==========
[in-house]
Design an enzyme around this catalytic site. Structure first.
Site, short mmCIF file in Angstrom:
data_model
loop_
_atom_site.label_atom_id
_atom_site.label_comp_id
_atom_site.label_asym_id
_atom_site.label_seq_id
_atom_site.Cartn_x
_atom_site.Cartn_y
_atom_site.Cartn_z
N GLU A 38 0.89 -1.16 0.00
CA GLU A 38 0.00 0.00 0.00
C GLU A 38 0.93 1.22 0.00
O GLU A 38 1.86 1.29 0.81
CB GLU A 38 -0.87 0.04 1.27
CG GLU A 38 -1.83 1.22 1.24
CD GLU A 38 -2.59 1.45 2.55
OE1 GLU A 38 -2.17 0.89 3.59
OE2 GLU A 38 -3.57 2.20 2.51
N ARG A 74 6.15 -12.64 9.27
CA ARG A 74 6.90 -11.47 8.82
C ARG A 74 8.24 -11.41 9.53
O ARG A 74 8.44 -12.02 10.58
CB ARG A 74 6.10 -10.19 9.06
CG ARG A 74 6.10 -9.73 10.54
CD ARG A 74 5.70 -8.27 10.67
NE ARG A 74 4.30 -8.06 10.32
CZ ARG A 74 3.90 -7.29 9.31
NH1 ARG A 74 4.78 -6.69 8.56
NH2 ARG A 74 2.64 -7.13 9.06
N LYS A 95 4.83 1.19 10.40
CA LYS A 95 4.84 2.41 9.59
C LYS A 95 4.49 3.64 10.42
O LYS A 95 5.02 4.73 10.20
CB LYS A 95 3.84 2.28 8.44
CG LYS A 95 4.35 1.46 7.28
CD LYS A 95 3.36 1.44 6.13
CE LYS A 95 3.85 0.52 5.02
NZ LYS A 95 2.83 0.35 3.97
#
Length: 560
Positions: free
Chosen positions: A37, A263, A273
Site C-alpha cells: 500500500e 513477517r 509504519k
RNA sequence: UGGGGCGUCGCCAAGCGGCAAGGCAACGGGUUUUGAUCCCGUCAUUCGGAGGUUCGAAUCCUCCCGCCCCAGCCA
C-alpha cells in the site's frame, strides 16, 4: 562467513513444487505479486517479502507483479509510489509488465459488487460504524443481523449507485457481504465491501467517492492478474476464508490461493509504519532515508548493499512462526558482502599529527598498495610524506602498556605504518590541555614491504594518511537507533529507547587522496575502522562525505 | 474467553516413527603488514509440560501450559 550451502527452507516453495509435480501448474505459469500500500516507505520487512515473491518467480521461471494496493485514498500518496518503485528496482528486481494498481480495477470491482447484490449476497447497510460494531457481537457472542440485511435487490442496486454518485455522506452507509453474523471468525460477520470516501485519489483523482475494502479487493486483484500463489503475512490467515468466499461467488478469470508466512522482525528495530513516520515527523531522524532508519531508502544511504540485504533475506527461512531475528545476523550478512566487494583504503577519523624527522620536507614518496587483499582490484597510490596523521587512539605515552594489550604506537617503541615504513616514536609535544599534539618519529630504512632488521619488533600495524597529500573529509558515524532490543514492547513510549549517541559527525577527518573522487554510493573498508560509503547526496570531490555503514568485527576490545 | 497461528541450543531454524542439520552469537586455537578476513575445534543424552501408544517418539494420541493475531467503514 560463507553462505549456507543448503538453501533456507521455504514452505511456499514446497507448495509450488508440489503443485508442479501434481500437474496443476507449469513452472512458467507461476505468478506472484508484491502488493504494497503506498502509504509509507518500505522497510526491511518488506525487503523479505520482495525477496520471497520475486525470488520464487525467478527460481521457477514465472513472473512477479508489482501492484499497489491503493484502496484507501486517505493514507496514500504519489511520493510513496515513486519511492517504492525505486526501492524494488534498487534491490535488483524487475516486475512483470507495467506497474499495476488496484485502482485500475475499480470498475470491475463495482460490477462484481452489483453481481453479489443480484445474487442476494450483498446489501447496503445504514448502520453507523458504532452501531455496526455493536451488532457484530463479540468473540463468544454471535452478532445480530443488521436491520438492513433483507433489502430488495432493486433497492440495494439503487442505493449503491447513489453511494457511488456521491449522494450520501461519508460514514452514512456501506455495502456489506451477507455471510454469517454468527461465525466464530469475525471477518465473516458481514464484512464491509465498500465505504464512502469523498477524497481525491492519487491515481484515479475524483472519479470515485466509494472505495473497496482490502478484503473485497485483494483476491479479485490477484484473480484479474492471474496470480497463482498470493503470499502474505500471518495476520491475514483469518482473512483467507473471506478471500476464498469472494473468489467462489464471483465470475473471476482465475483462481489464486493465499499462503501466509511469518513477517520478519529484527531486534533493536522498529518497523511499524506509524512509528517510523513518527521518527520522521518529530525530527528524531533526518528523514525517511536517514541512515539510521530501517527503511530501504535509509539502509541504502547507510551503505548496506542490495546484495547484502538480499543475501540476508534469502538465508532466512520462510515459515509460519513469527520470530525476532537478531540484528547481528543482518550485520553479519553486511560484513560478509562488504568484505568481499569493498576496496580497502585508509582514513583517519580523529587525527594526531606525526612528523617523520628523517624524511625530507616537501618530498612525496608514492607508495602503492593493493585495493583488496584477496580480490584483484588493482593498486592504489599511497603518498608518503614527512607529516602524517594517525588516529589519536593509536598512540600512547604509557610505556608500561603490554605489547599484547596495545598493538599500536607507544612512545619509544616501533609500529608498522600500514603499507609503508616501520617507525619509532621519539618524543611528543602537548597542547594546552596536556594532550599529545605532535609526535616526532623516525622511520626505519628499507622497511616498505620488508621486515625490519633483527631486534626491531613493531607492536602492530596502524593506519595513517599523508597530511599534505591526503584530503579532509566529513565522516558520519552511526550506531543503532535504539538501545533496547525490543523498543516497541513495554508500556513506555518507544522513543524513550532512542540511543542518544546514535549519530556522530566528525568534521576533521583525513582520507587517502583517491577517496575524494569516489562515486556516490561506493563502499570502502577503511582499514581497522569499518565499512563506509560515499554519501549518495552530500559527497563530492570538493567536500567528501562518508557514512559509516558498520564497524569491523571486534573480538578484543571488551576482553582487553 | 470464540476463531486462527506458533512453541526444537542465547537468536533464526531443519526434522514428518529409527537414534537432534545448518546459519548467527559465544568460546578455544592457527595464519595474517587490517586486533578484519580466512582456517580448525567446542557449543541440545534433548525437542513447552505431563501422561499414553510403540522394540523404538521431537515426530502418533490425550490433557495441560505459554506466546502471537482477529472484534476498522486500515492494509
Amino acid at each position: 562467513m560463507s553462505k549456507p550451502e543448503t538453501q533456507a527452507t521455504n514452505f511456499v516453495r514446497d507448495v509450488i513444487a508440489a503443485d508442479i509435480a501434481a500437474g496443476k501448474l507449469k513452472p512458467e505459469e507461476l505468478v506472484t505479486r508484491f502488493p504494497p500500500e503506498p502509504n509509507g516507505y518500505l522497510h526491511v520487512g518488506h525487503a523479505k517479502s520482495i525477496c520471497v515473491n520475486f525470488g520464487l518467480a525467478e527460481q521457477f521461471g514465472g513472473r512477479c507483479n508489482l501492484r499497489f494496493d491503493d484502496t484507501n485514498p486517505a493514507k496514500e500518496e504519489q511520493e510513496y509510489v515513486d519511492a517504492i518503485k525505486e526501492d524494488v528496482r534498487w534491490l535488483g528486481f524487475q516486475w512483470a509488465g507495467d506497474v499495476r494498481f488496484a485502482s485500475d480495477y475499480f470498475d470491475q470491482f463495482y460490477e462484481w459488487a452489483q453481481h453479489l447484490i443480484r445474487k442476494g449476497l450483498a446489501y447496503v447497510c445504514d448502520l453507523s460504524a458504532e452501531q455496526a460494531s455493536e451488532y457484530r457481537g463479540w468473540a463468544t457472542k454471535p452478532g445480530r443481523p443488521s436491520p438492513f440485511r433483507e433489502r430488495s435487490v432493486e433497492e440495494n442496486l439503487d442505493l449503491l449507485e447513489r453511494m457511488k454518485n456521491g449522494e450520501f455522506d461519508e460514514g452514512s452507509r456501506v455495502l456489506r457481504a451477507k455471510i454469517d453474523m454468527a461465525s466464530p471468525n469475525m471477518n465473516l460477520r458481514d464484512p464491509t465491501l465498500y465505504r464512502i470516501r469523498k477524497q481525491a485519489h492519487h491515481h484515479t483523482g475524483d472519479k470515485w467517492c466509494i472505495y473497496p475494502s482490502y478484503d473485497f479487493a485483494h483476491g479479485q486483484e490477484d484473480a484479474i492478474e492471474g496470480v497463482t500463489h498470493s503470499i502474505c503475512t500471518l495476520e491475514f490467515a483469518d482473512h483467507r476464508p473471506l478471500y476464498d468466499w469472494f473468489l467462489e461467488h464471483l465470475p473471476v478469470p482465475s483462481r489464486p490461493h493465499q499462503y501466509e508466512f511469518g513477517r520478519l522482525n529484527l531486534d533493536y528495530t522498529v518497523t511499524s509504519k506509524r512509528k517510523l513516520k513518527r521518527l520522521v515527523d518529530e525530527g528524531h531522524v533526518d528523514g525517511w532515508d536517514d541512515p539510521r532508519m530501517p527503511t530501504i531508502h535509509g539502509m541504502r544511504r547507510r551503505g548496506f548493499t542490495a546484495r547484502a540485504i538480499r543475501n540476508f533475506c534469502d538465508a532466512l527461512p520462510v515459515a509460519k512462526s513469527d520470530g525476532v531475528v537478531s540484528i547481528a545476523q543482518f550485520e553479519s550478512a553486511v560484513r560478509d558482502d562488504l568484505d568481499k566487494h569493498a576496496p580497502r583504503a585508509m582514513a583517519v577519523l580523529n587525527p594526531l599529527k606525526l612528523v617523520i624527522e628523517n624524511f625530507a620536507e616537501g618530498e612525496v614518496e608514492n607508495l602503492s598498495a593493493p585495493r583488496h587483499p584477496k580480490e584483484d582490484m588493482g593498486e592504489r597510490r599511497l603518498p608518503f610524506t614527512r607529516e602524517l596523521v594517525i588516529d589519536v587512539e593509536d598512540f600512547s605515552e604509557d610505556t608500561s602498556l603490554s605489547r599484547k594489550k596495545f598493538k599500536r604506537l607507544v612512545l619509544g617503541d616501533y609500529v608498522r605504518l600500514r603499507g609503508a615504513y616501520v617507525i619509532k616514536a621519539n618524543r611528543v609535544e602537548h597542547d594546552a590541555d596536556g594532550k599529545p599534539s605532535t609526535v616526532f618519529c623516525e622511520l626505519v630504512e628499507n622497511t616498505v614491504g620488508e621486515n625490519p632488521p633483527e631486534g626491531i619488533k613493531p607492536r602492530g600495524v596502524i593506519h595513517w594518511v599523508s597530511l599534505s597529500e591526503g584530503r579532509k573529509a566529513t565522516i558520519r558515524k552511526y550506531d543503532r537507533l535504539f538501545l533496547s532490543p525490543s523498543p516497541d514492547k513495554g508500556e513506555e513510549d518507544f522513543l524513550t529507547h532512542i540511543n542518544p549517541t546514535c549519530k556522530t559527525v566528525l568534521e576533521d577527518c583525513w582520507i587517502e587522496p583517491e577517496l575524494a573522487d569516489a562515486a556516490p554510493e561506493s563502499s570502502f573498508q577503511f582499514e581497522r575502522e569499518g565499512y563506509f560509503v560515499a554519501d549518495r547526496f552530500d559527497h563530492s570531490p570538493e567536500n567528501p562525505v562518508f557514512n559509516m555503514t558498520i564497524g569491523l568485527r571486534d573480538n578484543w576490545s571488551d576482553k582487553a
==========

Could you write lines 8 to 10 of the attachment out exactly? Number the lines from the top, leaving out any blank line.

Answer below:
_atom_site.label_asym_id
_atom_site.label_seq_id
_atom_site.Cartn_x